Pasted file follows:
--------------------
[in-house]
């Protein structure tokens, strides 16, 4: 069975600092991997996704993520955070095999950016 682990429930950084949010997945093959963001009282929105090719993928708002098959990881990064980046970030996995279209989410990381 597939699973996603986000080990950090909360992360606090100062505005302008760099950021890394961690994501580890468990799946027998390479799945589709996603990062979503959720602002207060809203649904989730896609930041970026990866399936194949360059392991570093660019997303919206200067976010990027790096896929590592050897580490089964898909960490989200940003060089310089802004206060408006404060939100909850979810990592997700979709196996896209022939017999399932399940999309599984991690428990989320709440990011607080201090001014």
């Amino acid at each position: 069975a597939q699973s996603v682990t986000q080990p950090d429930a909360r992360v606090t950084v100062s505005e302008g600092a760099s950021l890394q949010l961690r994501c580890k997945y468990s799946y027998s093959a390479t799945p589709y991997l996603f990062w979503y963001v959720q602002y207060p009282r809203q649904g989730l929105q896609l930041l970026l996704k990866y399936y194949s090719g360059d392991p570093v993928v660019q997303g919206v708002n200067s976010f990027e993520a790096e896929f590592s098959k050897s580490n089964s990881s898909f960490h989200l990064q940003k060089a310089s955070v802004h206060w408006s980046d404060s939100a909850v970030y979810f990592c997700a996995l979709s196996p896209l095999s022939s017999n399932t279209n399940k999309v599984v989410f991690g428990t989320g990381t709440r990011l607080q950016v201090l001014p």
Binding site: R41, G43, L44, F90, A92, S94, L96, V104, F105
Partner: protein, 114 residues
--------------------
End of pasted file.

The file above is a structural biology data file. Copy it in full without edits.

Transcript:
[in-house]
């Protein structure tokens, strides 16, 4: 069975600092991997996704993520955070095999950016 682990429930950084949010997945093959963001009282929105090719993928708002098959990881990064980046970030996995279209989410990381 597939699973996603986000080990950090909360992360606090100062505005302008760099950021890394961690994501580890468990799946027998390479799945589709996603990062979503959720602002207060809203649904989730896609930041970026990866399936194949360059392991570093660019997303919206200067976010990027790096896929590592050897580490089964898909960490989200940003060089310089802004206060408006404060939100909850979810990592997700979709196996896209022939017999399932399940999309599984991690428990989320709440990011607080201090001014």
């Amino acid at each position: 069975a597939q699973s996603v682990t986000q080990p950090d429930a909360r992360v606090t950084v100062s505005e302008g600092a760099s950021l890394q949010l961690r994501c580890k997945y468990s799946y027998s093959a390479t799945p589709y991997l996603f990062w979503y963001v959720q602002y207060p009282r809203q649904g989730l929105q896609l930041l970026l996704k990866y399936y194949s090719g360059d392991p570093v993928v660019q997303g919206v708002n200067s976010f990027e993520a790096e896929f590592s098959k050897s580490n089964s990881s898909f960490h989200l990064q940003k060089a310089s955070v802004h206060w408006s980046d404060s939100a909850v970030y979810f990592c997700a996995l979709s196996p896209l095999s022939s017999n399932t279209n399940k999309v599984v989410f991690g428990t989320g990381t709440r990011l607080q950016v201090l001014p």
Binding site: R41, G43, L44, F90, A92, S94, L96, V104, F105
Partner: protein, 114 residues